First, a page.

The menopause and how it affects ‘your brain, your skin, your heart’

TV review: The Change – Ireland’s Menopause Story a sobering exploration of still-taboo subject

There are many topics that are not openly discussed in Irish society: mental health, religion, League of Ireland soccer. The menopause is obviously right up there. And that despite the fact that – as pointed out in the wry and moving new RTÉ documentary The Change: Ireland’s Menopause Story (RTÉ One, Monday) – all of us will be touched by it in our lives to one degree or another.

Fifty per cent of the population will experience the menopause first hand, we are reminded. And the other half will be a bystander to its effects on someone close to them. Where, then, is “the conversation” about this unavoidable milestone?

The Change comes on the heels of a series of films in the UK about menopause, 90 per cent of which were presented by Davina McCall. These were generally fixated on sex and the importance of cutting a glamorous dash as you orbit your 50s.

The film doesn't condescend to middle aged women. There is no Hallmark Card drivel about "life beginning at 50" – or that their best days lie ahead

RTÉ’s take on the subject differs in that it delves into the physiological effects of the menopause. “The loss of oestrogen can be felt everywhere,” says Dr Caoimhe Hartley. “Your brain, your skin, your heart.”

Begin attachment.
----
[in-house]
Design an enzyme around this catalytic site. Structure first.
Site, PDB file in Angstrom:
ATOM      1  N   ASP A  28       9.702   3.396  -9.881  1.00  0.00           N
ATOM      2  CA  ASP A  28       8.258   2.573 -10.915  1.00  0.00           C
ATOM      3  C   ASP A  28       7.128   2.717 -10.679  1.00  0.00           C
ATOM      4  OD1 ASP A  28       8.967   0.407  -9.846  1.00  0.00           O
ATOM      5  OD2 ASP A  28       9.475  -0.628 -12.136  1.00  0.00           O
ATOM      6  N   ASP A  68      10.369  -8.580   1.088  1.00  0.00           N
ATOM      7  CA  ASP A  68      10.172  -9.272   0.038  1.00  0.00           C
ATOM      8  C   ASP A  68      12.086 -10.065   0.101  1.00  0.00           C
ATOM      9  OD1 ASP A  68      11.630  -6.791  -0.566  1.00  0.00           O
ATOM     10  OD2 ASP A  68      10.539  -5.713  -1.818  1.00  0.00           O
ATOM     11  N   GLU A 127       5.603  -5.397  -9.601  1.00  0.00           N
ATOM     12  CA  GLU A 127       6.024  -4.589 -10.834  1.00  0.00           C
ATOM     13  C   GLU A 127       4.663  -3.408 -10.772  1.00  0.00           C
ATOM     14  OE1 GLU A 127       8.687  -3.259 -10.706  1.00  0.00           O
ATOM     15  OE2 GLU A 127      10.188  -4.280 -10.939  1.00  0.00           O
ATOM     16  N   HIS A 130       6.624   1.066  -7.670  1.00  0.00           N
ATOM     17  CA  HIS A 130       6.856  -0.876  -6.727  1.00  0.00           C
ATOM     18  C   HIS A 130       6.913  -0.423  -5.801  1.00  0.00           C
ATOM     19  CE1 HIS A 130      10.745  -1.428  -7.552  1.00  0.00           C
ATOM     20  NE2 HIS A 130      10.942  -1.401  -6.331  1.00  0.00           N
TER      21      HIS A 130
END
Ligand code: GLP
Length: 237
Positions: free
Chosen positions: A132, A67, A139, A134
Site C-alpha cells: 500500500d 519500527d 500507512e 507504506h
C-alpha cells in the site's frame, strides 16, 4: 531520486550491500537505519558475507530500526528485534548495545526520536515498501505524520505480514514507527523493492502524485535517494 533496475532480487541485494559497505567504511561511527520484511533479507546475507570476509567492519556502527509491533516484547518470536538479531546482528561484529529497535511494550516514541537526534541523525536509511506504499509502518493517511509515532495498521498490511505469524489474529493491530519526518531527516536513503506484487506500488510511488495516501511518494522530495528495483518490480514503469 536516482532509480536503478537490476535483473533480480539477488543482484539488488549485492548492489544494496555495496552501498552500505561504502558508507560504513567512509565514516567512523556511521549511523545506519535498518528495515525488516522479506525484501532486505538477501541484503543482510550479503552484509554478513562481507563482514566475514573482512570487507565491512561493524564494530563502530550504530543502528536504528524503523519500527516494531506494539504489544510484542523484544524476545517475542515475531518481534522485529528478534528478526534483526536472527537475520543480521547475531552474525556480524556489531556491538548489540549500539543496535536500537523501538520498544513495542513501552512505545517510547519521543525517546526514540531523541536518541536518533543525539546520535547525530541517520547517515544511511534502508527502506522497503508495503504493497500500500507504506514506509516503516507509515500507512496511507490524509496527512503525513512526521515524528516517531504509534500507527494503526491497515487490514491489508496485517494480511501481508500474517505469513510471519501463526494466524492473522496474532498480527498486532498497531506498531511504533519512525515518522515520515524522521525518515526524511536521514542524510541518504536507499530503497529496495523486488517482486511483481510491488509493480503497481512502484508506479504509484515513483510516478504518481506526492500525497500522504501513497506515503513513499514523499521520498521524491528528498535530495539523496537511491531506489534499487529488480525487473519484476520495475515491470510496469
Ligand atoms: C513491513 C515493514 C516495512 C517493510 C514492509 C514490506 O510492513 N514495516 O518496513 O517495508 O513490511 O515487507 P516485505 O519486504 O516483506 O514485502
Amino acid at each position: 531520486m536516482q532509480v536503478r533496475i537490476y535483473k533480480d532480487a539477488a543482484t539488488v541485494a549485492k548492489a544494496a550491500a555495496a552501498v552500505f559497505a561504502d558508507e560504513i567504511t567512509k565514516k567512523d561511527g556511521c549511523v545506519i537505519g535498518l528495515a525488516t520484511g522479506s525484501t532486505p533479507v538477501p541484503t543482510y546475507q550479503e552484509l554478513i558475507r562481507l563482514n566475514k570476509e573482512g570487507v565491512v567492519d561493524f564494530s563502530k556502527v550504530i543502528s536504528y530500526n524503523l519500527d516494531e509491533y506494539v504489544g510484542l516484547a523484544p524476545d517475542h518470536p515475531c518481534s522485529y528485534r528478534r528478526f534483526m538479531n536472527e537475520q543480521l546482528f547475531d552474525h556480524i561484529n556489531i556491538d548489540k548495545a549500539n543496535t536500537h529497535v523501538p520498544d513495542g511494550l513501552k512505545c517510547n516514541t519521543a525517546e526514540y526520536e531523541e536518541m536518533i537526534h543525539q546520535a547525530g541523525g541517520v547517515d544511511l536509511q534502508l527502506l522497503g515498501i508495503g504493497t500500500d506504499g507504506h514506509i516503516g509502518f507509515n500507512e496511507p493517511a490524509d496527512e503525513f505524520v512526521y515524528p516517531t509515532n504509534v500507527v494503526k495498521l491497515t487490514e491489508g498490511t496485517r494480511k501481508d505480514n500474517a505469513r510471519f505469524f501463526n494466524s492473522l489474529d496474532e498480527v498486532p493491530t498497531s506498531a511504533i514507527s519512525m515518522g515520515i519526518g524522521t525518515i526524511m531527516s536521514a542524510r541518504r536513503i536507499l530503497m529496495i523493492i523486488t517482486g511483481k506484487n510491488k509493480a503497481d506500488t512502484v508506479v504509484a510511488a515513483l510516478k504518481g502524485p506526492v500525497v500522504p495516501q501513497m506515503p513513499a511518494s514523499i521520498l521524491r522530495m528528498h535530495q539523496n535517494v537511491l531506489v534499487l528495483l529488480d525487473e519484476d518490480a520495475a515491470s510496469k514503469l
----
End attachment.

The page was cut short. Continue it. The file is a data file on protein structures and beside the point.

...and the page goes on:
Christine talks about the impact of the menopause on her emotional well-being. “I felt so alone. I thought, ‘there’s nobody I know is going through this’,” she says.

“I started feeling off a couple of years after I’d had my daughter. As time was going on: more mood swings, aggression … the brain fog was really, really bad.”

Alas, the first rule of menopause is that nobody wants to discuss menopause, we hear. “Menopause is a bit like pensions,” says Loretta Dignam, founder of The Menopause Hub, a dedicated menopause clinic . “You’re only interested in it as you get closer.”

So shunned is the topic even healthcare professionals are sometimes caught unawares when the menopause creeps up. As with other women, it is a turning point with which they must reckon and, hopefully, make peace. “Just because I’m 60, I don’t want to be an old 60,” says Dr Deirdre Lundy, a flinty American who has lived in Ireland since studying medicine at UCD and is an expert in menopause care and hormone replacement therapy. “That’s a personal choice.”

The film doesn’t condescend to middle aged women. There is no Hallmark Card drivel about “life beginning at 50” – or that their best days lie ahead.

This is instead a refreshingly honest profile of a generation that – like every generation before – assumed they would never grow old but which is now confronting the sharp end of middle age. And as a sober exploration of an essentially taboo subject it is informative, honest and watchable.

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